C. Bernie Good, MD, MPH

  • Professor of Medicine and Pharmacy
  • Senior Medical Director, UPMC Health Plan Insurance Division
  • Director, Center for Value-Based Pharmacy Initiatives

C. Bernie Good, MD, MPH, is a Professor of Medicine and Pharmacy affiliated with the Center for Pharmaceutical Policy and Prescribing. As the Director for the Center for Value-Based Pharmacy Initiatives with UPMC Health Plan, Dr. Good has implemented innovative value based contracts for pharmaceuticals. Prior to coming to UPMC Health Plan, he was the Chair of the Medical Advisory Panel for Pharmacy Benefits Management and Co-Director of the Center for Medication Safety for nearly 20 years. He is a frequent speaker at national conferences and is widely published in the areas of drug safety, appropriate prescribing, conflicts of interest, and cost-effectiveness.

Follow Dr. Good on Twitter at @CBGood23. When he’s not at UPMC Health Plan, Pitt, or the VA, he’s often attending local symphonies or hiking, biking, and tending his garden and chickens. He lives in Edgewood with his wife, and is the proud father of three children and 5 grandchildren.

Education & Training

  • BS (Biochemistry), University of Maryland, 1979
  • MD, George Washington University, 1983
  • Residency (Internal Medicine), University of Pittsburgh, 1986
  • MPH (Epidemiology), University of Pittsburgh, 1993

Representative Publications

Good CB, Parekh N, Fischer K, Manolis C, Schuster J, Shrank WH. Treating pain: the cannabis conundrum. Annals of Internal Medicine. 2019;170(2):123.

In this commentary, use of cannabis as a treatment for pain is described as a conundrum. Although the evidence basis for use of cannabis is of low quality, clinicians are eager to find non-opioid options to assist patients with chronic pain. More research is needed, however, before these products can be routinely advised for a pain indication.

Hernandez I, Good CB, Shrank W, Gellad W. Trends in Medicaid prices, market share and spending on long-acting insulins, 2006-2018. Journal of the American Medical Association. 2019;321(16):1627-1629.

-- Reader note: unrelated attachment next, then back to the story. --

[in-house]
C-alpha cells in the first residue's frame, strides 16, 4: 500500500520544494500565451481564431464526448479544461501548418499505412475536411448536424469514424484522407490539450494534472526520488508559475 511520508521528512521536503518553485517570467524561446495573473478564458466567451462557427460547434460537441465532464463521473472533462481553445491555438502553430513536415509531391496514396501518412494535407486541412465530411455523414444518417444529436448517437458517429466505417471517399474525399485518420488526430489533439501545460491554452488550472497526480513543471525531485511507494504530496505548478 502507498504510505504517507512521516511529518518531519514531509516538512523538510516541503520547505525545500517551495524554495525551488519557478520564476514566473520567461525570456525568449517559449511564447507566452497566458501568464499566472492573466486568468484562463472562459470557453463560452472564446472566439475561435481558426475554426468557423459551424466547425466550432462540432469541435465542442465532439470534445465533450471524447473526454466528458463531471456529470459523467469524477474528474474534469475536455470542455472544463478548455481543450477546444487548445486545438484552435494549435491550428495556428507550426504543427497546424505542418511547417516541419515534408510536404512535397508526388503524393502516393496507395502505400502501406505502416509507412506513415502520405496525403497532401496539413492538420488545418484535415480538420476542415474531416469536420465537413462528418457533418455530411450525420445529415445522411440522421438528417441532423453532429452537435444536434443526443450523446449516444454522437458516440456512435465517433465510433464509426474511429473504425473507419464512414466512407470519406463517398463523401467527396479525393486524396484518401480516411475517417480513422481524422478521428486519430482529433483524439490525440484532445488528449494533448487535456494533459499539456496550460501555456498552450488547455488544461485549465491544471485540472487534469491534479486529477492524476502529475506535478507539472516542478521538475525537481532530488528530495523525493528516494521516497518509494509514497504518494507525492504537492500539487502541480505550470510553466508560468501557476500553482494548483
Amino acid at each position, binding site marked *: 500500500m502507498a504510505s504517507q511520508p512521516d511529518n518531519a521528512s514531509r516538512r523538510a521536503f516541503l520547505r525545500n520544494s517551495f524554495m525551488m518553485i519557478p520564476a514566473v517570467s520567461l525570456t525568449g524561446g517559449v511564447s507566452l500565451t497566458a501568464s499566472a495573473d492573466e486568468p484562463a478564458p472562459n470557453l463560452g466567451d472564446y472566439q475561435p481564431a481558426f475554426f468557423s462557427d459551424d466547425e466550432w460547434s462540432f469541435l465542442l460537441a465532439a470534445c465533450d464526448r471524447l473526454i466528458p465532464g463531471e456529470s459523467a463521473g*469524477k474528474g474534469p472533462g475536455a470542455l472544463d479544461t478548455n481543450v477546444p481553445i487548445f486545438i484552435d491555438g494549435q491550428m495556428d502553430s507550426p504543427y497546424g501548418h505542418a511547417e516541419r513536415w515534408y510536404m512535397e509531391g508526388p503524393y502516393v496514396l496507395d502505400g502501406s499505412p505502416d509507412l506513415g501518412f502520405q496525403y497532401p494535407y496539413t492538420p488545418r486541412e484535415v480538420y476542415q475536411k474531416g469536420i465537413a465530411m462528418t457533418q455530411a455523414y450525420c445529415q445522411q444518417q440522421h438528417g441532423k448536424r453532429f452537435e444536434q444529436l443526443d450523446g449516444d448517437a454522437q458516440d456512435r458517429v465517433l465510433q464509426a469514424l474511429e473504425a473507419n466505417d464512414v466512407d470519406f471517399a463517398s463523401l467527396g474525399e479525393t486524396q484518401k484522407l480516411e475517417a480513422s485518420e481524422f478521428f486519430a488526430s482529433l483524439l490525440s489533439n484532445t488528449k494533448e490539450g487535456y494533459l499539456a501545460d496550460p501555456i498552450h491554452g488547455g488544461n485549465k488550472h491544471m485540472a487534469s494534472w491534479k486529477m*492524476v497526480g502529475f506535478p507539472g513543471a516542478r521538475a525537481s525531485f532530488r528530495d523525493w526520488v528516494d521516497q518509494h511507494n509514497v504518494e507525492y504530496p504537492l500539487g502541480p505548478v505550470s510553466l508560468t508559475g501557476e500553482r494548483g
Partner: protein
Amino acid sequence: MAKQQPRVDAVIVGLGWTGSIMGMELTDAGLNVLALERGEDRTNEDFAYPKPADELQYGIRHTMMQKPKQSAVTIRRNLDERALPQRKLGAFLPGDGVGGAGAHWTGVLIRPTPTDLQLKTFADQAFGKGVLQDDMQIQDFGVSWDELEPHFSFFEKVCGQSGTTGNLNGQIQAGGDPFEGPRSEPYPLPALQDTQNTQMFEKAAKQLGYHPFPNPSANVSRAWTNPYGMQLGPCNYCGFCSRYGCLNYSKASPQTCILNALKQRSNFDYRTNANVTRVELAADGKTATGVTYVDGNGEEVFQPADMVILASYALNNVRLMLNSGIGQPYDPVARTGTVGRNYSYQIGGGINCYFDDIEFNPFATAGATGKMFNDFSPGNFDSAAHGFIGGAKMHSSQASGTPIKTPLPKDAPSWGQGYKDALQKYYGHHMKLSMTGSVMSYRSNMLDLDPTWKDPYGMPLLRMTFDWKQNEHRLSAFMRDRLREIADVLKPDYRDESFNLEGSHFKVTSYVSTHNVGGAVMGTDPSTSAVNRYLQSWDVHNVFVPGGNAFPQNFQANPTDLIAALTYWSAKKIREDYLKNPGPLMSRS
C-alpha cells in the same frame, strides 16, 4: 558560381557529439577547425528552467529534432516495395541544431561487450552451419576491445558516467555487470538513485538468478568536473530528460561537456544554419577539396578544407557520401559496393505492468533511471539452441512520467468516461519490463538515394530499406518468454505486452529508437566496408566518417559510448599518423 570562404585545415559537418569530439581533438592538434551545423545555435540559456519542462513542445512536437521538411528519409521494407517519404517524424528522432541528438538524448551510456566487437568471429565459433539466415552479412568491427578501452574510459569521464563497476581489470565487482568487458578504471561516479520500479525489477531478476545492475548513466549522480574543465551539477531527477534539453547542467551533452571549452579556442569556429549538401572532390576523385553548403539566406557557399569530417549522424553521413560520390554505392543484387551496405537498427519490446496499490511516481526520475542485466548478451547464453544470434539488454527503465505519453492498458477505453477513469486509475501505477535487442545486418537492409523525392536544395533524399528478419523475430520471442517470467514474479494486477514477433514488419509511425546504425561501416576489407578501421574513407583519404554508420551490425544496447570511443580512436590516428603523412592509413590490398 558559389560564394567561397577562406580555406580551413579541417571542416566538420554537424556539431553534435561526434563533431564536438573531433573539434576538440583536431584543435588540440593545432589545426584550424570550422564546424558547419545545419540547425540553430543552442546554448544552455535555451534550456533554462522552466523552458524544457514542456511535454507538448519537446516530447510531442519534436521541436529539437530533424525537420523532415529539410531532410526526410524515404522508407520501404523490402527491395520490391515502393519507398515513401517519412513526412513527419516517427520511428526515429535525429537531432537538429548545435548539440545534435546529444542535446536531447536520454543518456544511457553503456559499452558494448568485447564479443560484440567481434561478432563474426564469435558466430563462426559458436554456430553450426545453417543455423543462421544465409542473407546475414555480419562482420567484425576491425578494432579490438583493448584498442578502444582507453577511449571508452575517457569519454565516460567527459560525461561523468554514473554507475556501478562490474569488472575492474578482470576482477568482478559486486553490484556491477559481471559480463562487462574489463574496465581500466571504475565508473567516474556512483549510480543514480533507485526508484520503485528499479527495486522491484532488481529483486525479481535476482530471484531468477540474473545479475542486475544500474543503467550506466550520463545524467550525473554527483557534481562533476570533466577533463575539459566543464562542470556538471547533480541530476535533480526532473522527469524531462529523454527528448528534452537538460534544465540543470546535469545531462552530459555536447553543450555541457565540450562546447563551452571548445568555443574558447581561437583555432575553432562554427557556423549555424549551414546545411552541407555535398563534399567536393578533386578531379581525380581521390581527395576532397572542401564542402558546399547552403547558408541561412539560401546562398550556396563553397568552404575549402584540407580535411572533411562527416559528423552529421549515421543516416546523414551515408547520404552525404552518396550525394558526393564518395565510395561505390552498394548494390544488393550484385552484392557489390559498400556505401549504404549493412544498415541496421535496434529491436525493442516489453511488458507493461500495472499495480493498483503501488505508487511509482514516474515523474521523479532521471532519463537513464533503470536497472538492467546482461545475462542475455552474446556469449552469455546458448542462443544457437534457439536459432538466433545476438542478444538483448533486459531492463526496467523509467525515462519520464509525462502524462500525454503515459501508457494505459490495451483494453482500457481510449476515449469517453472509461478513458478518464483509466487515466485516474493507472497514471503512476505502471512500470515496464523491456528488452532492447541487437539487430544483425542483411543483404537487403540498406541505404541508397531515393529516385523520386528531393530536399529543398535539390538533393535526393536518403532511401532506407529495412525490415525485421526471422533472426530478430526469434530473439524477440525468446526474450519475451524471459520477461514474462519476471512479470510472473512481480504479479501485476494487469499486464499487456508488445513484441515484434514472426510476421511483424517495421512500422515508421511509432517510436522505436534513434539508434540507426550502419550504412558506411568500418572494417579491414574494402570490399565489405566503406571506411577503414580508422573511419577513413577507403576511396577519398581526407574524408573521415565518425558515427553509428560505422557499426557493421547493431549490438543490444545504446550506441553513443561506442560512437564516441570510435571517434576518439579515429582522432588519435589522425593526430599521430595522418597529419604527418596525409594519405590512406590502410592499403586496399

Using Medicaid data, prices of long-acting insulins from 2005-2018 are presented. Reimbursement for these products averaged 13% annually from 2006-2014, but increases in prices were halted with the introduction of a biosimilar long acting insulin.

Gellad WF, Good CB. Adalimumab and the challenges for biosimilars. Journal of the American Medical Association. 2019.

Biosimilars for adalimumab (Humira) are projected to address expensive biological drug costs high spending in the inflammatory drug space, but newer and potentially better drugs will mitigate savings by replacing adalimumab with patent protected products.

Desai RJ, Good MM, San-Juan-Rodriguez A, Henriksen A, Cunningham F, Hernandez I, Good CB. Varenicline and nicotine replacement use associated with US Food and Drug Administration drug safety communications. JAMA Network Open. 2019;2(9):e1910626

Using varenicline as a case study, a retrospective, longitudinal, cross-sectional study of Veterans Health Administration outpatient data found that early communications from the FDA and VHA followed by a labeling change appeared to be associated with a considerable decrease in drug use, which may have been associated with negative public health consequences.

Click here for a more complete bibliography of Dr. Good’s works.

Research Interests

  • Drug safety
  • Cost effectiveness
  • Value based pharmacy contracting